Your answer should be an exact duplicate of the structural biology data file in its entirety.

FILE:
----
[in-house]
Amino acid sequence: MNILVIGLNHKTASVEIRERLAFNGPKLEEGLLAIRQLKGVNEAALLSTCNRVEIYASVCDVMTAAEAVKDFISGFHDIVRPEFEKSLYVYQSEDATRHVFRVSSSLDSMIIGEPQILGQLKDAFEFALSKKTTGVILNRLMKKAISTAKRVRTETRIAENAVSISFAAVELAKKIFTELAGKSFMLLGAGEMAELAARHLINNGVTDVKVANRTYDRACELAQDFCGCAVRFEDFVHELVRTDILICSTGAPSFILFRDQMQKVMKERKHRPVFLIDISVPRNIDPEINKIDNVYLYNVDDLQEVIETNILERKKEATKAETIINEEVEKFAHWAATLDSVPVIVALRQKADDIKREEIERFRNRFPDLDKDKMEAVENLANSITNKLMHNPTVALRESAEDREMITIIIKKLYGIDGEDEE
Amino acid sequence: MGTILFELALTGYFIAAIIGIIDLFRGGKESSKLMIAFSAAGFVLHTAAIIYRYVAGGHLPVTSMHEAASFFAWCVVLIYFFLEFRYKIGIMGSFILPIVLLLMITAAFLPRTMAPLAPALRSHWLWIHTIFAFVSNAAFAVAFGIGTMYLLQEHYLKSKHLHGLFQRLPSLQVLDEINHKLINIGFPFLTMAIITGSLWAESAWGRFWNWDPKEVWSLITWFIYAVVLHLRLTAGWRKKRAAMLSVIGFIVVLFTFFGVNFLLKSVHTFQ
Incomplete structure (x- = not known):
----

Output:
[in-house]
Amino acid sequence: MNILVIGLNHKTASVEIRERLAFNGPKLEEGLLAIRQLKGVNEAALLSTCNRVEIYASVCDVMTAAEAVKDFISGFHDIVRPEFEKSLYVYQSEDATRHVFRVSSSLDSMIIGEPQILGQLKDAFEFALSKKTTGVILNRLMKKAISTAKRVRTETRIAENAVSISFAAVELAKKIFTELAGKSFMLLGAGEMAELAARHLINNGVTDVKVANRTYDRACELAQDFCGCAVRFEDFVHELVRTDILICSTGAPSFILFRDQMQKVMKERKHRPVFLIDISVPRNIDPEINKIDNVYLYNVDDLQEVIETNILERKKEATKAETIINEEVEKFAHWAATLDSVPVIVALRQKADDIKREEIERFRNRFPDLDKDKMEAVENLANSITNKLMHNPTVALRESAEDREMITIIIKKLYGIDGEDEE
Amino acid sequence: MGTILFELALTGYFIAAIIGIIDLFRGGKESSKLMIAFSAAGFVLHTAAIIYRYVAGGHLPVTSMHEAASFFAWCVVLIYFFLEFRYKIGIMGSFILPIVLLLMITAAFLPRTMAPLAPALRSHWLWIHTIFAFVSNAAFAVAFGIGTMYLLQEHYLKSKHLHGLFQRLPSLQVLDEINHKLINIGFPFLTMAIITGSLWAESAWGRFWNWDPKEVWSLITWFIYAVVLHLRLTAGWRKKRAAMLSVIGFIVVLFTFFGVNFLLKSVHTFQ
Incomplete structure (x- = not known):